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Posted on Thu Aug 20, 2015, on Trusts
From our “Ask a Question” mailbag: I have some very nice pieces of jewelry that I would like to make sure stays in the family, passing from oldest daughter to oldest daughter. Can I form a trust in my will to hold jewelry?
Yes, in your will, you can form a trust to hold almost anything. In the past, I have formed trusts to hold real estate, artwork, and even a rather unique chair. The trust’s terms can be crafted to suit your needs, including making sure your jewelry is held for the eldest daughter.
Posted on Wed Aug 12, 2015, on Trusts
From our “Ask a Question” mailbag: My son is getting married this fall and his fiancé refuses to sign a prenuptial agreement. I am worried that if I die, his share of my estate will end up going to her in a divorce. What can I do?
As part of your estate plan, we could incorporate in your will a trust to hold your son’s share of the estate. Simply put, if your money pours into a properly drafted trust rather than into your son’s hands, then your future daughter-in-law will have no claims to the assets in a divorce.
From our “Ask a Question” mailbag: I formed a Revocable Living Trust to avoid New York probate and named my two sons as the co-successor trustees. It seemed a good idea at the time, but now they are not speaking to one another. Should I change the trust?
Many New Yorkers have formed Revocable Living Trusts to avoid the expensive New York probate process. For the trust to work properly, after your death, you need a successor trustee to step in to pay your final bills, taxes and to then distribute the trust assets to your heirs.
Posted on Fri Mar 20, 2015, on Trusts
I am a resident of Camden County, New Jersey. If I have recently formed a Revocable Living Trust and moved all my New Jersey assets into the trust, do I still need a Will?
If the goal in forming your Revocable Living Trust was to avoid probate, then you must either transfer all your assets that would otherwise be Probate Assets into the Revocable Trust during your lifetime, or have them pour into the Revocable Trust at your death. That is often done by using a Payable on Death Account or naming the Trust as Beneficiary.
I am a resident of Gloucester County, New Jersey. If I have recently formed a Revocable Living Trust and moved all my New Jersey assets into the trust, do I still need a will?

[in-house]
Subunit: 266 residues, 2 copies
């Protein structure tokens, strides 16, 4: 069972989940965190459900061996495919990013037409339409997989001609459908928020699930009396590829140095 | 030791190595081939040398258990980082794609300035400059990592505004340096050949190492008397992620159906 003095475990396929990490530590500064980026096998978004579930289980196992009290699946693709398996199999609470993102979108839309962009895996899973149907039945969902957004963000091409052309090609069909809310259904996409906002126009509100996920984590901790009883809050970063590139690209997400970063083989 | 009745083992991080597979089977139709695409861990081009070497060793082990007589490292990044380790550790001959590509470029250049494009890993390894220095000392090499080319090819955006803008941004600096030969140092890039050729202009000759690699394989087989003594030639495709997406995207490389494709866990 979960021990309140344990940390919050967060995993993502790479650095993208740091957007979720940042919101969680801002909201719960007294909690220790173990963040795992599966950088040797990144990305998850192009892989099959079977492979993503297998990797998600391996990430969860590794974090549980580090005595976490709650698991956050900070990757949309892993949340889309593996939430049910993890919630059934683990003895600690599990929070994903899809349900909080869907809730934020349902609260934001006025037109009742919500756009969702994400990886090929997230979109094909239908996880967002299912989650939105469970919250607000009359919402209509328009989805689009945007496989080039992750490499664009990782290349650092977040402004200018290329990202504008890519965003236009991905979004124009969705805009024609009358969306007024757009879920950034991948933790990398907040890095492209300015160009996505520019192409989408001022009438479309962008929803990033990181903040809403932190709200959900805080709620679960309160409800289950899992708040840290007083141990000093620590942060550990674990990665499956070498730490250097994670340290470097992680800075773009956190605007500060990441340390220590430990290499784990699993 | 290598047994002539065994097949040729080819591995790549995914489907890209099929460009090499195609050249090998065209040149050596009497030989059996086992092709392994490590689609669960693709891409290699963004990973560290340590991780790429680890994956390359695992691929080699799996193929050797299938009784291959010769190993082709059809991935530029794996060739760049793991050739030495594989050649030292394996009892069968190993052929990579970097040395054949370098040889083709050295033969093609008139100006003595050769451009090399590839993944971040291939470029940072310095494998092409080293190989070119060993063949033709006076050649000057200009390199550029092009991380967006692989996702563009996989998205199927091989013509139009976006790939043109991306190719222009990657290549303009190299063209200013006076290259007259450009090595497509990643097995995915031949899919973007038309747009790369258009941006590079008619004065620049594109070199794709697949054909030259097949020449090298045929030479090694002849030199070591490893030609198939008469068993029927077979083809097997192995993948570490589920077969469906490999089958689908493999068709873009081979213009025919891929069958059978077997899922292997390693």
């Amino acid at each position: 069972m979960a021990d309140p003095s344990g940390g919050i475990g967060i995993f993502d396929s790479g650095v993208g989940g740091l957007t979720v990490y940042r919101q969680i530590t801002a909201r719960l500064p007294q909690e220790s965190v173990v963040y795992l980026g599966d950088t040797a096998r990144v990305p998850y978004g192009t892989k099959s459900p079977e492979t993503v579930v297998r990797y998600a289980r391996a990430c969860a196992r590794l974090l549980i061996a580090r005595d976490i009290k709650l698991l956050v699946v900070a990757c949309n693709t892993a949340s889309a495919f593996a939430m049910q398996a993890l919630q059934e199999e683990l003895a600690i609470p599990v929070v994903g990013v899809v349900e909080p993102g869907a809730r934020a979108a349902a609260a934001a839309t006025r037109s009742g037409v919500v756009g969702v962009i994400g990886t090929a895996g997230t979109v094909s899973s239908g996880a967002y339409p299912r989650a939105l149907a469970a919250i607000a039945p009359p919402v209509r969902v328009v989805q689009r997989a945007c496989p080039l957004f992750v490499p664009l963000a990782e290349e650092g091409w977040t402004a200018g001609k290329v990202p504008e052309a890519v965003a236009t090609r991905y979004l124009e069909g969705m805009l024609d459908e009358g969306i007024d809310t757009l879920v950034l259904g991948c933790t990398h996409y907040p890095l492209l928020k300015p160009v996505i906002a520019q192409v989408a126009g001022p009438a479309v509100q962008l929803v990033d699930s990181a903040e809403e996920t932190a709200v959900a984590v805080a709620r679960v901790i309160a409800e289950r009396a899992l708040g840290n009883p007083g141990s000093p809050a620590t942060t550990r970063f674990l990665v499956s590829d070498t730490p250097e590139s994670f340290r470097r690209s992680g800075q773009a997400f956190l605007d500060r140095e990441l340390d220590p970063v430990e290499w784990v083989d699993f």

If the goal in forming your Revocable Living Trust was to avoid probate, then you must either transfer all your assets that would otherwise be Probate Assets into the trust during your lifetime or have them pour into the Revocable Trust at your death. That is often done by using a Payable on Death Account or naming the Trust as Beneficiary.
In New Jersey, a disclaimer is an heir’s legal refusal to accept a gift or a bequest. In other words, you can’t force someone to accept a gift. If a Will names someone an heir or if a life insurance policy names a beneficiary, that heir or beneficiary cannot be “forced” to accept the gift.
Periodically reviewing your Pennsylvania estate plan is critical. Significant life events including marriages, children and moving can dramatically affect how your assets are distributed. Other issues such as changes in state and federal laws can also affect your intended estate plan. In addition to your plan failing, old and unreviseddocuments can delay probate, and in some cases end up in litigation. These are some of the many reasons reasons to periodically review your estate plan to ensure it still reflects your intentions.
Posted on Thu Jan 1, 2015, on Trusts
Ensuring the financial well being of family after death is a fundamental concern for clients when estate planning. By Trust or by Will, various strategies exist to satisfy that concern. Keeping up to date on real cases helps ensure our strategies are appropriately tailored to your needs.
The Orphans’ Court of Common Pleas of Montgomery County, Pennsylvania recently ruled on one family’s strategy in Zucker Estate. This case provides insight into how accurate trust drafting can achieve your financial support goals. The court focuses on the marital trust and critical difference between exclusive and non-exclusive powers of appointment. A factual background will serve as a point of reference for the key takeaways in Zucker.
Posted on Wed Nov 19, 2014, on Trusts
Pennsylvania allows you to form a Revocable Living Trust. These trusts can own almost any asset including bank accounts, autos, stocks, gold, and Bucks County real estate. While Revocable Trusts can serve many purposes, the primary goal is to avoid probating the will with the Bucks County Register of Wills.
In estate planning, “my estate” can mean different things. Your probate estate includes all your assets that will pass through your will at your death, while your taxable estate includes all your assets that will be taxed at your death. Many assets are included in your taxable estate, but not your probate estate, such as assets in your revocable living trust, your IRAs, assets held jointly with a right of survivorship and all of your payable on death accounts.
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